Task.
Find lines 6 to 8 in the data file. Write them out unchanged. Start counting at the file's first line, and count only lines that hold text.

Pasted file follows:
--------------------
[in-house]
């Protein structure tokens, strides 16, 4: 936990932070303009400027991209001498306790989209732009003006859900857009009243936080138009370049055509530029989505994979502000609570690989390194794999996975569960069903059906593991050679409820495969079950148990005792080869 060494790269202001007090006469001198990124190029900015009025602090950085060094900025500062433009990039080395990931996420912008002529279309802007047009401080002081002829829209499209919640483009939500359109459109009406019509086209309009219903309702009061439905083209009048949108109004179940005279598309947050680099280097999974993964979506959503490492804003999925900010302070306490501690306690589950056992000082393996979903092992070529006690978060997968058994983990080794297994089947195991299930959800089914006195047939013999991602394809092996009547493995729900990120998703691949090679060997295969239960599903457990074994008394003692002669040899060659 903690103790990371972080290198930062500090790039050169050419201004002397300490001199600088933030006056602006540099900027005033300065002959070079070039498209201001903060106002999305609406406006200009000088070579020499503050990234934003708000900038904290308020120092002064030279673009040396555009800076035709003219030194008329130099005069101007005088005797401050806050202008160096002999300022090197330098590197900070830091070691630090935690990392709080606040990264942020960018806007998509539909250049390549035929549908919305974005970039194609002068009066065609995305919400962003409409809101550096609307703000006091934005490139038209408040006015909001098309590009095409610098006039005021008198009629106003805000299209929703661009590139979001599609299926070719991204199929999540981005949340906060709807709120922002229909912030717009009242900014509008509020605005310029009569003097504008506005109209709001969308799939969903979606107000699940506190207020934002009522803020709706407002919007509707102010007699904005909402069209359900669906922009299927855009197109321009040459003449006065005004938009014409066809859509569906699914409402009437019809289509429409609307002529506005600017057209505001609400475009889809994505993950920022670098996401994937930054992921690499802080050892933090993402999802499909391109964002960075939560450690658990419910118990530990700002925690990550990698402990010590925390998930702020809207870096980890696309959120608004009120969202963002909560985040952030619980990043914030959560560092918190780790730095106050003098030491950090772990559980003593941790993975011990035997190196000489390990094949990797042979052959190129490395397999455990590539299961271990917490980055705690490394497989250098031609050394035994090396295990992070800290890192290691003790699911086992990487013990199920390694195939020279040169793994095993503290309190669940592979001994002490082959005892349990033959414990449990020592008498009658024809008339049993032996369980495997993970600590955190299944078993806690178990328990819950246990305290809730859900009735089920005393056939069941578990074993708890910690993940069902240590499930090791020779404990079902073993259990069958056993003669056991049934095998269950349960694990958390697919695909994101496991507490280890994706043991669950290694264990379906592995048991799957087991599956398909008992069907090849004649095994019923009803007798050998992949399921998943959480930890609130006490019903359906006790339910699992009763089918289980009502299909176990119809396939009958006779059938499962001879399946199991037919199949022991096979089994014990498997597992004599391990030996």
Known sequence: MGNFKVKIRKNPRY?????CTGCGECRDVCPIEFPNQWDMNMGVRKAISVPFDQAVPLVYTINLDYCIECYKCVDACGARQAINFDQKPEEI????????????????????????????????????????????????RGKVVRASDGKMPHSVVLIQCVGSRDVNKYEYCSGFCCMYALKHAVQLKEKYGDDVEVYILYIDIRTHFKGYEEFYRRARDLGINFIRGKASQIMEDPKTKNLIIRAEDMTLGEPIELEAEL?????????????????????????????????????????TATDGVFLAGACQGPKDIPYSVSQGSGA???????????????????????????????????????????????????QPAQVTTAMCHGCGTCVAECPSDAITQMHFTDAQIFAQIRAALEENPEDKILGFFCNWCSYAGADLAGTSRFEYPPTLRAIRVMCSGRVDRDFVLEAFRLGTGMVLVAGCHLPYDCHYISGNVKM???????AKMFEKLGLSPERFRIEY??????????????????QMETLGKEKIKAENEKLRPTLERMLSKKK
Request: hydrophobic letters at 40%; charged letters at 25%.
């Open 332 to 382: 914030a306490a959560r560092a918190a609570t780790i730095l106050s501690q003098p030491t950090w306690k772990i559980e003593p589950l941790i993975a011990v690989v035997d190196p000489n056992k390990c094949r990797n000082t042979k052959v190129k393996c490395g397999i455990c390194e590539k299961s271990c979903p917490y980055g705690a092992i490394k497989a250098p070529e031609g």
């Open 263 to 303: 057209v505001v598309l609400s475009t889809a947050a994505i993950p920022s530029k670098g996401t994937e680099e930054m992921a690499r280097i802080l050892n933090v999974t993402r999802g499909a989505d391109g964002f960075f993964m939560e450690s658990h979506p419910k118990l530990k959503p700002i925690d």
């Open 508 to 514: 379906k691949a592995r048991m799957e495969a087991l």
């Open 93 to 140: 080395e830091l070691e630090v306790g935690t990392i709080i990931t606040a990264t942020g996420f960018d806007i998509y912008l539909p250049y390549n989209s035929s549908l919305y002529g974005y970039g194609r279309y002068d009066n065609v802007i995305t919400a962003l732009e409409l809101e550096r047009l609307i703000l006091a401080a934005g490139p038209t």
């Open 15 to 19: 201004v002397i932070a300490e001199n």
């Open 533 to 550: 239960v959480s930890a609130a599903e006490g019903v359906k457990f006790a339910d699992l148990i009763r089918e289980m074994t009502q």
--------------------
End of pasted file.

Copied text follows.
């Open 263 to 303: 057209v505001v598309l609400s475009t889809a947050a994505i993950p920022s530029k670098g996401t994937e680099e930054m992921a690499r280097i802080l050892n933090v999974t993402r999802g499909a989505d391109g964002f960075f993964m939560e450690s658990h979506p419910k118990l530990k959503p700002i925690d």
């Open 508 to 514: 379906k691949a592995r048991m799957e495969a087991l």
């Open 93 to 140: 080395e830091l070691e630090v306790g935690t990392i709080i990931t606040a990264t942020g996420f960018d806007i998509y912008l539909p250049y390549n989209s035929s549908l919305y002529g974005y970039g194609r279309y002068d009066n065609v802007i995305t919400a962003l732009e409409l809101e550096r047009l609307i703000l006091a401080a934005g490139p038209t």